In September, the government announced a permanent Stamp Duty cut in England and Northern Ireland, which means no tax will be paid on the purchase of properties up to £250,000. Although most of the policies from the ‘mini-budget’ have since been scrapped, this one has stayed in place.
Back to the pandemic
During the summer of 2021, a government scheme to cut Stamp Duty helped fuel frenzied demand and record-breaking sales. The new measure was announced by then-Chancellor Kwasi Kwarteng almost a year after the pandemic-era Stamp Duty holiday ended and took effect immediately.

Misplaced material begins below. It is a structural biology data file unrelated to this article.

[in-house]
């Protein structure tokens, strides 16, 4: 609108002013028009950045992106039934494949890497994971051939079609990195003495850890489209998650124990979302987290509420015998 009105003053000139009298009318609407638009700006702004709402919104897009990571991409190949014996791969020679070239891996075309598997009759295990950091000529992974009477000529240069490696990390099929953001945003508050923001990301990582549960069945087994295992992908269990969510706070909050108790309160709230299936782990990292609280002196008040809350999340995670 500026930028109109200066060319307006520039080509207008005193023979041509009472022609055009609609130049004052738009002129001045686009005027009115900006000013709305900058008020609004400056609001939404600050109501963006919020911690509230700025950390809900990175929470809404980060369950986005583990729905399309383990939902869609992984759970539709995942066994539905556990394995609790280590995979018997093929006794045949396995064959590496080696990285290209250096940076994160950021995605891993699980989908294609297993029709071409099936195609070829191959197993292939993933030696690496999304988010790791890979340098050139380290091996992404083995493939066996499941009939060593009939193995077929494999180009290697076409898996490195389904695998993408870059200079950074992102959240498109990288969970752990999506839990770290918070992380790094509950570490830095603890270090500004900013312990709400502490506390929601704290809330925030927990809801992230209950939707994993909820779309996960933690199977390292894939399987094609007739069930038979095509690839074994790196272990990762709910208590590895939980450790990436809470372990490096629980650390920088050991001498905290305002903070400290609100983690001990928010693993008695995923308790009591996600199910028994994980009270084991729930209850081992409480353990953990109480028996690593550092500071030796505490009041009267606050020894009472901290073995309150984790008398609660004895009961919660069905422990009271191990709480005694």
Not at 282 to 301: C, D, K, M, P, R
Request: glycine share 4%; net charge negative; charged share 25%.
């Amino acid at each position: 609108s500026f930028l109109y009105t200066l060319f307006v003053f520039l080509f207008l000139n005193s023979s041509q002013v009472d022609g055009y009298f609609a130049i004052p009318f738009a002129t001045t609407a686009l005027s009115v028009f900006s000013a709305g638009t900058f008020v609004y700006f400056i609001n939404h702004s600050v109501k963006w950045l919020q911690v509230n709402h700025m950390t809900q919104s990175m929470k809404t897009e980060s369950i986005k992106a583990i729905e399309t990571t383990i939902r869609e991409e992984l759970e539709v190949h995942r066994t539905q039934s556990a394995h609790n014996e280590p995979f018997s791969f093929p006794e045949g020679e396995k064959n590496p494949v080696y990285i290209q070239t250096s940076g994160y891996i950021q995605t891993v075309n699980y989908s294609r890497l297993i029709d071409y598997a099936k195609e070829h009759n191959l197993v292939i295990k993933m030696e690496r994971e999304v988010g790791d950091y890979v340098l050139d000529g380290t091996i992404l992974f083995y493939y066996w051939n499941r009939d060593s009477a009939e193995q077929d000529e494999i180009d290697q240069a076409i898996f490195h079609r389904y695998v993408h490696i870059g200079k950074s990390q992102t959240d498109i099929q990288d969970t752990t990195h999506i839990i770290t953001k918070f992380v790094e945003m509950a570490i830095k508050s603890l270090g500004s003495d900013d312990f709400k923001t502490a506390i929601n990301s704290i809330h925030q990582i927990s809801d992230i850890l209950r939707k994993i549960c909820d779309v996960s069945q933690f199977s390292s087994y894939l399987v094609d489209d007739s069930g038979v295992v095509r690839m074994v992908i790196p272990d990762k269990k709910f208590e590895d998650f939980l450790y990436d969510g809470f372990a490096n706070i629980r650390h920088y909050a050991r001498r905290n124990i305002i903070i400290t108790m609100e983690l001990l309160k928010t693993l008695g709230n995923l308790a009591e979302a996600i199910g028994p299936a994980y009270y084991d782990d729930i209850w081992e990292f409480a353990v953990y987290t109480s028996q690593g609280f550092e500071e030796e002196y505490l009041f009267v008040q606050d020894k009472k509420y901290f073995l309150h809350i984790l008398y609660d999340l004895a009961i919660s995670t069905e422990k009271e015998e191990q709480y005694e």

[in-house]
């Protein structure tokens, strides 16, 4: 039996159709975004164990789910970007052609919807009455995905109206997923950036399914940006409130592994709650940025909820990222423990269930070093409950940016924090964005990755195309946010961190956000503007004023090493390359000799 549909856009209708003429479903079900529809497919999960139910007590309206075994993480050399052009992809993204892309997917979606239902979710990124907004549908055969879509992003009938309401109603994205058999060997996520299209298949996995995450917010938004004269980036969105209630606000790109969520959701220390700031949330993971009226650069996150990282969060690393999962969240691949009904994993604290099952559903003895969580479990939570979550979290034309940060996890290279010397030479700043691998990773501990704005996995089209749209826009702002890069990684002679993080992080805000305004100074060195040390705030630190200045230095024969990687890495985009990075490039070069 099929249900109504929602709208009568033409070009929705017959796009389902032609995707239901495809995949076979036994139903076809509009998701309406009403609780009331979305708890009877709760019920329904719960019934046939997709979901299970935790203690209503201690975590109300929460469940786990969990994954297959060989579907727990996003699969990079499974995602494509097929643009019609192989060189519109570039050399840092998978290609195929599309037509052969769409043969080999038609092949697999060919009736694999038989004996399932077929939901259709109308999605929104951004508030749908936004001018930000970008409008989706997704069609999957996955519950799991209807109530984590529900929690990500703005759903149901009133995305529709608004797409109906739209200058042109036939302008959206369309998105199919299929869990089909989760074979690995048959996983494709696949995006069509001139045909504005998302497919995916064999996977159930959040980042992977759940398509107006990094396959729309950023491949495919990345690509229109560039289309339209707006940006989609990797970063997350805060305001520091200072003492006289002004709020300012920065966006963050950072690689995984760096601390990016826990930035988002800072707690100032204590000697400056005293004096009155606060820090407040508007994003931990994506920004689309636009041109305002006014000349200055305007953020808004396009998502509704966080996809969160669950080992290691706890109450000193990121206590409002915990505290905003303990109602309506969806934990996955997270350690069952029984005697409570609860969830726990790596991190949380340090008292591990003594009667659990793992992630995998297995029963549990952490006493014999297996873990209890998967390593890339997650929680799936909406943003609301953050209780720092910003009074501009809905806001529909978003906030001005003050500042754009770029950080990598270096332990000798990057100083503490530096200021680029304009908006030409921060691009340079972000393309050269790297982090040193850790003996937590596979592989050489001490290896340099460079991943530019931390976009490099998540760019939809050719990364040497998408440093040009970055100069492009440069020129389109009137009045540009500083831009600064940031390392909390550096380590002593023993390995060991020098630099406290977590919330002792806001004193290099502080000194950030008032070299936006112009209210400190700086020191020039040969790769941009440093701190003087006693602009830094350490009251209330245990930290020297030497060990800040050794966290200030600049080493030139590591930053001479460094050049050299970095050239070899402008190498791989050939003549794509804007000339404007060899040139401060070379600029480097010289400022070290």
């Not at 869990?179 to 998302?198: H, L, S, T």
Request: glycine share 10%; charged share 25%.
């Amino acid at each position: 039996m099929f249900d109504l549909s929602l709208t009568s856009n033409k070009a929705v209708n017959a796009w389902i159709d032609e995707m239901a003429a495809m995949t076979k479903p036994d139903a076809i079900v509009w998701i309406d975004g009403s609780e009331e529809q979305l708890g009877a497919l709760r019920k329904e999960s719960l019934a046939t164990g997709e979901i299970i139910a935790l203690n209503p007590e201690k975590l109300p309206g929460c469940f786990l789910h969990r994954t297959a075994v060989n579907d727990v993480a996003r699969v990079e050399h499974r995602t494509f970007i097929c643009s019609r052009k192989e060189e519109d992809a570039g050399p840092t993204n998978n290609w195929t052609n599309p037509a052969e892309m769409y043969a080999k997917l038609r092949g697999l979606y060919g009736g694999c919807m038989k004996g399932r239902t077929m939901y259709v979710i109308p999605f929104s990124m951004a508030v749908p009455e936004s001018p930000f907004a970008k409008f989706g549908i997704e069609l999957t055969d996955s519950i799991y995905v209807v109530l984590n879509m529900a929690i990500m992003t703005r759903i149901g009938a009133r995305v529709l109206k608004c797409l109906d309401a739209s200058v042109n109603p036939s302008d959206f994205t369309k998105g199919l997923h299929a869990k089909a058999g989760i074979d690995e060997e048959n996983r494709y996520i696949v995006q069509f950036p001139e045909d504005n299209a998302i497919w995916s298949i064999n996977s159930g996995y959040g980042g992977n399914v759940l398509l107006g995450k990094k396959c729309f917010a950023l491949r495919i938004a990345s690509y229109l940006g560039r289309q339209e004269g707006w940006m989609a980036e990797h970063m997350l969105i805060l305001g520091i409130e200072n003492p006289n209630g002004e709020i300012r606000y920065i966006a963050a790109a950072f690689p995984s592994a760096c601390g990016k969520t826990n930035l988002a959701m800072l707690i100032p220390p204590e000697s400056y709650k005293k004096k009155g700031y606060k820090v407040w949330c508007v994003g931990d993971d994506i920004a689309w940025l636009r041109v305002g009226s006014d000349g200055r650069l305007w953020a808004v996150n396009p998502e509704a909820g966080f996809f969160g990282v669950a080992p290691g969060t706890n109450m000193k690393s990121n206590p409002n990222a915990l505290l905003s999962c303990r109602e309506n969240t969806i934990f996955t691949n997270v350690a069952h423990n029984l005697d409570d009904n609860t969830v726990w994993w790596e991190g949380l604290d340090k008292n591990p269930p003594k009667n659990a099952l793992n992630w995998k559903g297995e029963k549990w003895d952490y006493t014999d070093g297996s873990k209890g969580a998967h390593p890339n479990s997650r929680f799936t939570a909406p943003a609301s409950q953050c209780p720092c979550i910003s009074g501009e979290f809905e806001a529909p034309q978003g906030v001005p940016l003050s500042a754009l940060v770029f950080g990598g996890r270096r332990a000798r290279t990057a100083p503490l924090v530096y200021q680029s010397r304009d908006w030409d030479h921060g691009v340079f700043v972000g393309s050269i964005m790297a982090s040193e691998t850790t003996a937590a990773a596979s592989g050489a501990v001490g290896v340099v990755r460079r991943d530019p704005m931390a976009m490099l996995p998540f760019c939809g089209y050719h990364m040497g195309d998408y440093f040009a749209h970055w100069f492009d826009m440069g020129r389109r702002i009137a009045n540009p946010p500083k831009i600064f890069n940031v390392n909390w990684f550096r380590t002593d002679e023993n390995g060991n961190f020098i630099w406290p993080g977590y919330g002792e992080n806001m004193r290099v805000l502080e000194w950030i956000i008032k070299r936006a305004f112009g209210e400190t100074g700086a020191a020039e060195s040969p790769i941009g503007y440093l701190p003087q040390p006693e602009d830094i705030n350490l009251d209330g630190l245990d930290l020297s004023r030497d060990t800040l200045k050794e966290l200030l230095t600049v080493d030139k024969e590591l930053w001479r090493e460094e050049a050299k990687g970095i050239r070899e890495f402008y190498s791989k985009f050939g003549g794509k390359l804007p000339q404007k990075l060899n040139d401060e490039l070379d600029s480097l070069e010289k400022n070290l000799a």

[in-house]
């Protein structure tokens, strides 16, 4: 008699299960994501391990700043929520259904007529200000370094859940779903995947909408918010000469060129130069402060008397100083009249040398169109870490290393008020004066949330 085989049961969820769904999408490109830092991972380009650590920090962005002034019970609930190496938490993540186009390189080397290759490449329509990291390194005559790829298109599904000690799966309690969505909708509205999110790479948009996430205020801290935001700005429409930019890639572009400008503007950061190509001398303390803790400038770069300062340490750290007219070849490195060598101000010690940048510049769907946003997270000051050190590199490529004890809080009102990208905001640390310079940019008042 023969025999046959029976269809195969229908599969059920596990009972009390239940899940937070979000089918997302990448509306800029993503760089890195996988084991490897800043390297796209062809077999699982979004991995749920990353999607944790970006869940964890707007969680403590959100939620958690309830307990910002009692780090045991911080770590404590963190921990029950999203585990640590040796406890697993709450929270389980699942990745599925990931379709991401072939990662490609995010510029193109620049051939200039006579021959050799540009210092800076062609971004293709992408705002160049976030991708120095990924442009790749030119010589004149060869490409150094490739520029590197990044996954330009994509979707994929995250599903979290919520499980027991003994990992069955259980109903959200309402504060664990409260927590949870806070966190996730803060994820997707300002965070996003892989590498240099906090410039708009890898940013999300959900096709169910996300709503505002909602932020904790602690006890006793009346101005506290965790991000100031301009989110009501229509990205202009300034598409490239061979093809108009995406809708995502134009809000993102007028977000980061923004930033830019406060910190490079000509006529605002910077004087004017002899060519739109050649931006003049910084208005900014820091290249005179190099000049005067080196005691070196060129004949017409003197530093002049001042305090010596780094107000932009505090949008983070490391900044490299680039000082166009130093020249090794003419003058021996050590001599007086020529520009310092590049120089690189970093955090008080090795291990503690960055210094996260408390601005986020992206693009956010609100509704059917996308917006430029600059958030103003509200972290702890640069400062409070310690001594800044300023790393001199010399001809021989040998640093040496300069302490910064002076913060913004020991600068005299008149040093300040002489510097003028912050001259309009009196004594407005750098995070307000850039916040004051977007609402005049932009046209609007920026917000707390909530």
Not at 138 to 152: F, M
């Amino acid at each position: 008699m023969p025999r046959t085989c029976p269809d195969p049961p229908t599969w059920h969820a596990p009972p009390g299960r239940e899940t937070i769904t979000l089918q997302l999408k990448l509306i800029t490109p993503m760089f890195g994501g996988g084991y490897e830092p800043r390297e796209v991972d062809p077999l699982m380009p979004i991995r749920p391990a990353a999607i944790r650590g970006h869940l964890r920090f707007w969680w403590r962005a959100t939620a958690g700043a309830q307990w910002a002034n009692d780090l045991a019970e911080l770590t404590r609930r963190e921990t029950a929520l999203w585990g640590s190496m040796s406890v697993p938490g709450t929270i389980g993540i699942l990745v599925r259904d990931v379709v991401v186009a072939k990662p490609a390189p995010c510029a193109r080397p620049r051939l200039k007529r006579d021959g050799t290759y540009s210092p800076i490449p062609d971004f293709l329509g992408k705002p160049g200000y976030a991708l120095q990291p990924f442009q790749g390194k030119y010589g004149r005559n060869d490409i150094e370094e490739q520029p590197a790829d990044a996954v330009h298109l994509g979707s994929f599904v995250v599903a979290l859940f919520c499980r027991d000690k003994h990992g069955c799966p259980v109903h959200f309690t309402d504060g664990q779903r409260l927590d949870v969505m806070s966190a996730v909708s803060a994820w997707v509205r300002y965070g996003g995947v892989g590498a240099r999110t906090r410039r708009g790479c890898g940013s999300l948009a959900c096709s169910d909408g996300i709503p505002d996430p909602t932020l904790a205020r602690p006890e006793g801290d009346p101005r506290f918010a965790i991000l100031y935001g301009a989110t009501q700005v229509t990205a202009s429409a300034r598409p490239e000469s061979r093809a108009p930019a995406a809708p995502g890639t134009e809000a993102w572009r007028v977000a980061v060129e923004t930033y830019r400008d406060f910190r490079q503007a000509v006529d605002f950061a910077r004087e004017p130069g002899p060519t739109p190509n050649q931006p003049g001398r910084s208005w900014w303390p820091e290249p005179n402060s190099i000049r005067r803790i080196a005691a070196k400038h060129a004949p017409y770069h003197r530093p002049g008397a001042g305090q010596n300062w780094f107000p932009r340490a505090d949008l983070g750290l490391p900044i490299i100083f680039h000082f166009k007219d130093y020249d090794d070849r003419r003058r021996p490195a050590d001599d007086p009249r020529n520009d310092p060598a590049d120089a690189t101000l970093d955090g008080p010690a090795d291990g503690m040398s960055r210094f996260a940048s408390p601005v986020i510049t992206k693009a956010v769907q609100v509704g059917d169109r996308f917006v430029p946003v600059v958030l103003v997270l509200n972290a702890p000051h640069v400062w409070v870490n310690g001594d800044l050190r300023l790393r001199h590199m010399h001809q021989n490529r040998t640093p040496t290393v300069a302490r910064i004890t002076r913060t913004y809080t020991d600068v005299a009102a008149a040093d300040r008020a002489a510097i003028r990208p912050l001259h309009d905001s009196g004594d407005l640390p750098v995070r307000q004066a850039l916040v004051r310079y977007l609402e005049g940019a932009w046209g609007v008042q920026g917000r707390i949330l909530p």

The first £250,000 of a property’s value is now exempt from Stamp Duty, up from £125,000 previously. As a result, 200,000 more people will be taken out of paying the tax altogether, the government claims
Beyond that, buyers will pay 5% of the value of the home from £250,001 and 10% on the portion between £925,001 and £1.5m.
The threshold for first-time buyers having to pay Stamp duty has also risen from £300,000 to £425,000. Moreover, first-time buyer relief is now applicable to properties worth up to £625,000, compared with the previous £500,000.
As a mortgage is secured against your home or property, it could be repossessed if you do not keep up mortgage repayments.